Tuesday, August 20, 2019

Regarding Boxes of Boxes

There's something wrong
about a box of boxes.

It's as if Box World
has suddenly acquired
a food chain and boxes
have started eating boxes.

Open a box of boxes,
and you'll almost hear
the inner boxes moaning,
sobbing cardboard sobs.

Each of them wants
to contain something
independently. They're
fine with intervals

of emptiness, which
are better than the horror
of recycling or
the atrocity of magic.

I'm a zealot on the subject:
a box is mean to be
autonomous, enclosing
material matched to form.

I'm not afraid to declare
I belong to Box Liberators.
Stand--or sit, on a box, your
heft matched to form--with us!

hans ostrom 2019

Over: A Song

Over the bones,
monuments stand.
Over the stones,
dirt, grit, and sand.

Over the stream,
one heron flies.
Over our heads:
banal gray skies.

Now lightning,
now thunder,
now rain.

will bloom
in the lane.

Over the years
the town's grown sad.
Over the good
runs all the bad.

Over my soul,
crows and owls fly.
Over my days
looms the great Why.

Now silence,
Now whispers,
Now crying,

As always
we're selling,
we're buying.

hans ostrom 2019

Self Government

A federation of doubts governs
my days. Fear, the old dictator,
has risen again. It's enough
that you're breathing, proclaims
this moment's fretting mayor.
The mind continues as a manic,
busy legislature.

hans ostrom 2019

Monday, August 19, 2019

Local Residents Are Disturbed

      (found poem based on news headlines)

Disgruntled diner shoots waiter
to death over sandwich delay. Girl
dies after being left in hot car.
"Stand your ground" trial begins
in killing over handicapped
parking spot. Giant hand statue
touches down in New Zealand
and local residents are disturbed.
At least 6 teens are shot at Houston
"instant house party" organized
on Snapchat. A man has been
arrested for allegedly threatening
to shoot up a Jewish center in Ohio.
Lynching reemerges in new rhetoric
of hate. Fracking prompts global
spike in atmospheric methane,
study shows. Climate change
to shrink economies of rich
and poor, hot and cold countries
alike. Hottest month on record
for the planet, scientists say.

hans ostrom 2019

Sunday, August 18, 2019

Contrarian Poets

Not that you asked, but from my earliest days of reading poetry up to now, I've been drawn to the poetry of contrarians who chose not to fit into the popular or popular-literary conventions of the day. Emily Dickinson and Gerard Manley Hopkins are good examples, and I started reading their poetry when I was a teen. True, Dickinson worked in what fit loosely into ballad/hymn traditions, but disrupted most of the conventions with regard to subject matter, meter, rhyme, and world-view. Hopkins was a Jesuit priest who usually had his poems get around to praising God, but I had the sense that wasn't his main emphasis, which was on exploding the iambic line. Like Dickinson, he had an unusual worldview insofar as he was drawn to what was imperfect, improvised, messy. "Pied Beauty" expresses this view best, perhaps.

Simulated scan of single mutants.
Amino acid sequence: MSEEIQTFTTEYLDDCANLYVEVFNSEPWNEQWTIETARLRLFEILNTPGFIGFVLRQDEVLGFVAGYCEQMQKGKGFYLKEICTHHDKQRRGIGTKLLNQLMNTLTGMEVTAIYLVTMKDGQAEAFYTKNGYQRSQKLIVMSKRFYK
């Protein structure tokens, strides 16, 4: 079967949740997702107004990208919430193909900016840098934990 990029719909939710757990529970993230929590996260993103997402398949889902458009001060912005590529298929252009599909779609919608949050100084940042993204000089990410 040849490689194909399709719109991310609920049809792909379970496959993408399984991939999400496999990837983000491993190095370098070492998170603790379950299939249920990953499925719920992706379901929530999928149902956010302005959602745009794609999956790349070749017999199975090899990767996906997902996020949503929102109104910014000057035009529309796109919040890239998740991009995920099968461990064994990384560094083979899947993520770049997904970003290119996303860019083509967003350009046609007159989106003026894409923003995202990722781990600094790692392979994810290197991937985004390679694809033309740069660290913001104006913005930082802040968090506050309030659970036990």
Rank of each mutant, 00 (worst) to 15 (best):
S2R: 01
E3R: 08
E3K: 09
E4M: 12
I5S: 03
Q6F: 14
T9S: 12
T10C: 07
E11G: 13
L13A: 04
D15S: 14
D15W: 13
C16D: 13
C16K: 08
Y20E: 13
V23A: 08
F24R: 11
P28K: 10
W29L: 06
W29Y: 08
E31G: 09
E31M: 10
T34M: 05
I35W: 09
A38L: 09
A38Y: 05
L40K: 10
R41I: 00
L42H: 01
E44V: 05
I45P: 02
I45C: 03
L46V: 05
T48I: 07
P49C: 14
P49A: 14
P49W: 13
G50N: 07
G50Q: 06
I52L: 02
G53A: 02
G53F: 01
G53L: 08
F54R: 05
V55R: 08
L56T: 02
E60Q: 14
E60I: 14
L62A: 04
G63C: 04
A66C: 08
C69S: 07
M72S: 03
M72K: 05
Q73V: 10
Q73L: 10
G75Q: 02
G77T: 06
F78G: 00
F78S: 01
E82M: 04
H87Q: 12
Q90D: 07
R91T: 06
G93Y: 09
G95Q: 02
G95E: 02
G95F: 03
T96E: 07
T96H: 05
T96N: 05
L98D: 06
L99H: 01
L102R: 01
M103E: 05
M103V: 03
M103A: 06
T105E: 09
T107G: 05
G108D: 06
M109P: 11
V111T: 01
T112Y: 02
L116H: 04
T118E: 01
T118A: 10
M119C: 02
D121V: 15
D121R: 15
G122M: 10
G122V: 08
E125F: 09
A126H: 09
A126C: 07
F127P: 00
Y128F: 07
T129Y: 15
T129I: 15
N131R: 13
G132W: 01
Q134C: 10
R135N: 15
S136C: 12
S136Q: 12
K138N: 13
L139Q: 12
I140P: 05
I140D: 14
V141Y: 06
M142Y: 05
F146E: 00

Then there's Karl Shapiro and Langston Hughes. Shapiro was in some ways part of the literary establishment insofar as he edited Poetry magazine, taught at big universities--as many poets did after World War II--co-wrote a book on English/Irish/Scottish/American prosody, and early on worked in rhyme and regular meter. But as with Dickinson and Hopkins, he disrupted the tradition as much as he worked within it. As to subject matter, he wrote about killing flies, auto wrecks, troop ships, and the like, though he could produce a good love poem here and there. He deliberately cultivated an eccentric image of himself, as a Jew who was far from orthodox, a Jew who thought Pound shouldn't get the Bolingen Award because of his fascism, an "atheist who says his prayers," a "bourgeois poet" in an era when the alleged anti-bourgeois Beats were all the rage, and so on. He belonged but thumbed his nose at belonging. He mocked at will.

Smack in the middle of the Modernist era, Hughes wrote accessible verse about a wide swath of Black experience. He did the latter way before it became a crucial part of African American literature. It was as much a political, existential stance as it was a literary one. Like William Carlos Williams, he occupied the accessible turf of Modernism, contrary to Joyce, Eliot, Pound, and all their deliberately "difficult" imitators. Hughes also went all in on socialist politics in the 1930s--until Mussolini invaded Ethiopia and Hitler started his race war and Stalin conducted his own genocide. Again, based on existential reality, Hughes supported the war against the fascists.